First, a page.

So if this is accurate, and I do not see why it shouldn't be, 50% of Americans feel that the nominees put fourth each election cycle don't represent or care about the things that they care about, so they don't vote. This in itself should be disturbing. However, I would argue that the problem is actually much worse than it looks, because I would bet that many people in the 50% of eligible voters that DO vote think of it as choosing "the lesser of two evils," so many voters are actually voting for candidates that they don't even like so much themselves.
The result? The two parties put fourth candidates that most of the country is not crazy about, and one of these candidates gets to be in charge of our government. This seems like a big problem to me.
So how do we solve the problem? My opinion is as follows.
The first step is redefining how we think of "electable," in fact we urgently need to do this. Again, we can see the 2008 race starting to look like 2004: right now, Obama is just like Dean and Edwards in 2004 - young, fresh, inspirational, and doesn't stick to the same-old, unambitious, "play it safe" political rhetoric. Now the paradox is that so many people like this guy and so few are excited about the other candidates, yet everyone is questioning whether the guy is "electable," and OF COURSE, what they mean by "electable," is: WILL REPUBLICANS VOTE FOR HIM? The same exact thing is going on with Hillary. Now this is totally bogus, because only about 25% of eligible voters are Republicans - why should the Democrats decide their nominee for President based so heavily on what 25% of the country thinks? Nevermind why this is even an issue because I don't want to digress, my point is that we should not just be asking whether Republicans will vote for Obama or Hillary, but we should be asking whether the 50% of the country who continually chooses not to vote for anyone, we should be asking whether they would come to the polls for someone like Obama or Hillary.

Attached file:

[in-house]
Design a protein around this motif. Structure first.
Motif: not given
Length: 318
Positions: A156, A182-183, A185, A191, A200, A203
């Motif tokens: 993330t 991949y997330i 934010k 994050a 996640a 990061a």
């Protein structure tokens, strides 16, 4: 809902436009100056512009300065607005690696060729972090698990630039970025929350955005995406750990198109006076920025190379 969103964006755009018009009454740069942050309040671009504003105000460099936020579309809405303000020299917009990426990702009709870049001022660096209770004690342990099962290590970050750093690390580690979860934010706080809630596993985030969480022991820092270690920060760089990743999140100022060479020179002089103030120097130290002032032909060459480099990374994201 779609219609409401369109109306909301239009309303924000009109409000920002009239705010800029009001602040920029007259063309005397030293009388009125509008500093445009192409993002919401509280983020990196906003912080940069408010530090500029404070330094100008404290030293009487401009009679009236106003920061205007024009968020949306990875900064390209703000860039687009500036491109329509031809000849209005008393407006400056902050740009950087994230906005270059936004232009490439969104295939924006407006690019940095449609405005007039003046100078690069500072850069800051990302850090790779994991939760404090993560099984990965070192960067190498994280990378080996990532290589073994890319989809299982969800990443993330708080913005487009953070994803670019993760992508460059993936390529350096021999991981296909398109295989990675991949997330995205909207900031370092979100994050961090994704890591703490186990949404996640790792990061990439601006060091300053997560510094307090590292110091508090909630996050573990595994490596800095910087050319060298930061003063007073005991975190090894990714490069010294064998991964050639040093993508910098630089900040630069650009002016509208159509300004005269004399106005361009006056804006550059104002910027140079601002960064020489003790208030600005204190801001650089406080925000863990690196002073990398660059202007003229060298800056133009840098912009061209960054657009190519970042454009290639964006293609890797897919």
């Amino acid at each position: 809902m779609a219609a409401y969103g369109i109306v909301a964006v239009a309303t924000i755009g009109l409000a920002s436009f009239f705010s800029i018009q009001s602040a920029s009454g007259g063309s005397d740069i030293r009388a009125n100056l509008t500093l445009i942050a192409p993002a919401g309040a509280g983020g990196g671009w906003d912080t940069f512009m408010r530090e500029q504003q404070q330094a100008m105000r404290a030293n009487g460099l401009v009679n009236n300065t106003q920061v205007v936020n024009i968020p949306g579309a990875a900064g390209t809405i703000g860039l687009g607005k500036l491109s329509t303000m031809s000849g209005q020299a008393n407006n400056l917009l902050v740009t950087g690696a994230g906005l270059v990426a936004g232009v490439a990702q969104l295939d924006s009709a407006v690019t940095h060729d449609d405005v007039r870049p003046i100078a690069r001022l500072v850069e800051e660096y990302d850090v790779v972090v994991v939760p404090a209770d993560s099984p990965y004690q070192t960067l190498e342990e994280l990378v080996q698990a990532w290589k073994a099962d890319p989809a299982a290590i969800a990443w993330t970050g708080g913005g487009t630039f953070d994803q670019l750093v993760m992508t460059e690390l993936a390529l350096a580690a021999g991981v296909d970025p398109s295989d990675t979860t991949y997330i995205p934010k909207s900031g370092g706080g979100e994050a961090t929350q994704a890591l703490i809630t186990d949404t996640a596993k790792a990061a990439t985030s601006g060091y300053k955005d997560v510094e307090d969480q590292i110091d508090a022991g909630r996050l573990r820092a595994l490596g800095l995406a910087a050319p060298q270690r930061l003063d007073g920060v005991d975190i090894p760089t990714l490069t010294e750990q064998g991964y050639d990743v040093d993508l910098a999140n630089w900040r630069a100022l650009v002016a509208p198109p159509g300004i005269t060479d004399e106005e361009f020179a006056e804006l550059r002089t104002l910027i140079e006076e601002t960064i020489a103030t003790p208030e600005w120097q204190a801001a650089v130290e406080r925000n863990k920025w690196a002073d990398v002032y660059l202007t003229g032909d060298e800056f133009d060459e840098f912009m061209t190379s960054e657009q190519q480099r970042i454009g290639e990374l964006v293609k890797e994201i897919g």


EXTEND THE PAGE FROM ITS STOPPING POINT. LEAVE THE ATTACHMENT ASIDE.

Now I am not advocating Obama or Hillary (although I would vote for either if they were the nominee), all I am saying is that we need to redifine our concept of "electable," since our present concept is inaccurate, and it is this inaccurate idea that is being used to discredit not just Obama and Hillary, but perhaps a great majority of politicians in general (a great majority if you see them as potentially appealing to 75% of the vote).
So if we want to get more eligible voters to the polls, and in turn, if we want to send candidates to the general election and in turn elect presidents that truly represent the issues that majority of our democracy cares about, let's rethink our currently narrow concept of who is "electable" and broaden it to someone that is in touch with the interests of as much of our country as possible.
Thursday, May 24, 2007
Wednesday, May 23, 2007
As it's that time of year, I've been thinking and having some conversations about university commencement speeches. Now I know this is normally CapeTown's department (the man loves commencement speeches), but I watched these two videos the other day and I thought I should throw them up here, if for nothing else than for the entertainment value of listening to two fascinating people and excellent speakers talk about life to a bunch of graduating students, but also to present two, at least partly, distinct approaches on advice to young people about how to live, and see if anyone had any reactions about what people especially liked about either of these speeches. I personally found both of them deeply moving and inspirational, and also interesting for the different things they focus on.
Oh and also if you are graduating soon and if one of these guys is speaking at your school (wishful thinking about readership on my part but you can't be too careful (that would be careless)), then you might want to hold off on watching these as they could give it away (give it away now).
Bill Clinton (part 1/1):
Bill Clinton (part 2/2):
Tuesday, May 22, 2007
Monday, May 21, 2007
And Virginia's giant burning cross gives me a segue into a point about religion. My point has nothing to do with burning crosses, but everything to do with supersonic segues.
People sometimes claim that the appeal of religion is that it neatly divides the world into good and evil, and that one derives some psychological comfort from living in such a tidy arrangement. Such claims are sometimes augmented with the observation that religion invests the world with meaning. I think these claims are fine as they go, but obscure the deeper philosophic point about religion regarding normative commitment- the idea that there is something that one should do.